Friday, August 14, 2009

Debugging the C++ Preprocessor

I don't want to start a discussion about the good and the bad of the good old c preprocessor macros. Today a macro helped me keeping the DRY principle. I found myself repeatingly writing the following three lines:
int GetValue() const {return this->value_;}
void SetValue(const int& value) {this->value_ = value;}
__declspec(property(get = GetValue, put = SetValue)) int Value;
So why not make a makro:
#define DECLARE_PROPERTY(Type,Name,Member) \
Type Get##Name() const {return Member;} \
void Set##Name(const Type##& value) {Member = value;} \
__declspec(property(get = Get##Name, put = Set##Name)) Type Name;
The definiton would look like this:
DECLARE_PROPERTY(int, Value, this->value_)
Because I'm not writing macros too often (and this should be the case in future, too) I needed to review the preprocessor output. Here are the steps: Enable the following options for the cpp file you want to debug and compile the unit or module:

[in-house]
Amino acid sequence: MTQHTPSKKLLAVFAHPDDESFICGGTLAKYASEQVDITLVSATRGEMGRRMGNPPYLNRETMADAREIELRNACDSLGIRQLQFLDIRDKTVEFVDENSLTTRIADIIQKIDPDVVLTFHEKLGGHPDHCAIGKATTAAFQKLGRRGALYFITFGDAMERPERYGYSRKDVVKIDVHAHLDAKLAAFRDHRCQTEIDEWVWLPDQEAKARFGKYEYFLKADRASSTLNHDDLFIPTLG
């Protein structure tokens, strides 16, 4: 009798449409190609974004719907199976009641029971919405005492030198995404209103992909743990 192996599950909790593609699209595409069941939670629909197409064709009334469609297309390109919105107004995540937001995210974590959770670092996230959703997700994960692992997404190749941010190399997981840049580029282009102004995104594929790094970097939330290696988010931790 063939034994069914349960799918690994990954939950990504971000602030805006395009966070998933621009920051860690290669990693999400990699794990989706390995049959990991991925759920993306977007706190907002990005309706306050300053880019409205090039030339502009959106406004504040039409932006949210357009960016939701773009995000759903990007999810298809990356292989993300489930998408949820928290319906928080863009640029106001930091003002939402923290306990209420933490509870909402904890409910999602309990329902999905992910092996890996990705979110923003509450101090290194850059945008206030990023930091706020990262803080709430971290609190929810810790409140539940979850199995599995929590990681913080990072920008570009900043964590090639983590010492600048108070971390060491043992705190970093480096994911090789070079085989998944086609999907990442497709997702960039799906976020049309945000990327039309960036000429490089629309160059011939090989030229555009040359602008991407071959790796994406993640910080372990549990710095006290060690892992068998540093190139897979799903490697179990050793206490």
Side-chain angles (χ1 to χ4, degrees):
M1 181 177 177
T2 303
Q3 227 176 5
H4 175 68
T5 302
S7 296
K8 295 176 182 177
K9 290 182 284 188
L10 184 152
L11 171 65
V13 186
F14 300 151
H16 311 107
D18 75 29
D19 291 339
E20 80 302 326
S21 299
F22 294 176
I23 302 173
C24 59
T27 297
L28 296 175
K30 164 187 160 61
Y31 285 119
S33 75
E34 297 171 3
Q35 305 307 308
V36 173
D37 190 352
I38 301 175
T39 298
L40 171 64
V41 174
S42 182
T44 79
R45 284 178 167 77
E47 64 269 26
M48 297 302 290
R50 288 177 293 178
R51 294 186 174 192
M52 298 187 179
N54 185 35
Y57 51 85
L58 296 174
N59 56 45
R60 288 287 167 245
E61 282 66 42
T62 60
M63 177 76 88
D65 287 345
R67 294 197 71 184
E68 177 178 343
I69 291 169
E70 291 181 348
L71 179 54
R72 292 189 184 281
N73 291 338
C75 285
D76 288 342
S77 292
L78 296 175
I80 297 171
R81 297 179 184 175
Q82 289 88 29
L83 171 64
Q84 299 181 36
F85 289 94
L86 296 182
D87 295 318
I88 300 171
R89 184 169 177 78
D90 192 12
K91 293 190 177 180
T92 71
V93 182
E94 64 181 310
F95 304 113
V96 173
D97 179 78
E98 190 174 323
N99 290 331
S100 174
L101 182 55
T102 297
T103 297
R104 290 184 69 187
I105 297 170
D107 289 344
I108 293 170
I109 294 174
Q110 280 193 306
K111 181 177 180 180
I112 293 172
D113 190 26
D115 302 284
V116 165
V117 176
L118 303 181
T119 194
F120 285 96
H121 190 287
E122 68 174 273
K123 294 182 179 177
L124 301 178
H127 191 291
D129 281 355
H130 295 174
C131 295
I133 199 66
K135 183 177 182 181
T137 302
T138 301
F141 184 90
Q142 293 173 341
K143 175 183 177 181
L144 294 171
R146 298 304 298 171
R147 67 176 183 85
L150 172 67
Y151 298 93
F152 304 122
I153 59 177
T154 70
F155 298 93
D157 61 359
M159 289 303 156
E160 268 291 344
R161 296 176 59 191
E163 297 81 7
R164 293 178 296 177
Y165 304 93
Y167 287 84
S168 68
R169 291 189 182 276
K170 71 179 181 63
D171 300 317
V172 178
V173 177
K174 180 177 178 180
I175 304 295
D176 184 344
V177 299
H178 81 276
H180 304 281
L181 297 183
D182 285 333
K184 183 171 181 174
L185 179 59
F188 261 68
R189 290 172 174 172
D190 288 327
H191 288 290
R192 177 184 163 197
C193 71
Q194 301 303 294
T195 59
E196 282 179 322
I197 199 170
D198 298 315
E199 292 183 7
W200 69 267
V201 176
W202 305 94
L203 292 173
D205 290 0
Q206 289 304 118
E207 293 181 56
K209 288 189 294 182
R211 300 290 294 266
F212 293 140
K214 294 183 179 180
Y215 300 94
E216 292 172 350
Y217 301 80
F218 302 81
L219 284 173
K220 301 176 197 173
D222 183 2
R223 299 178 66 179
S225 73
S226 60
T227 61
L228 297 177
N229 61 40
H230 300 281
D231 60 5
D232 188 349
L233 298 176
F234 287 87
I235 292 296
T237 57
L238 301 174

The result will be a a file with the extension .i in the source directory which contains the preprocessor expanded file. This file can be very large so it is a good idea to put a unique comment marker before (and/or after) the definition to find the result easier.
ps.: One advantage of C++/CLI is that you still have the power of the c preprocessor which I'm sometimes (not too often) missing in C#. Okay, you can kick on T4 templates but that's a different story and it's questionable if this doesn't violate the KISS principle.

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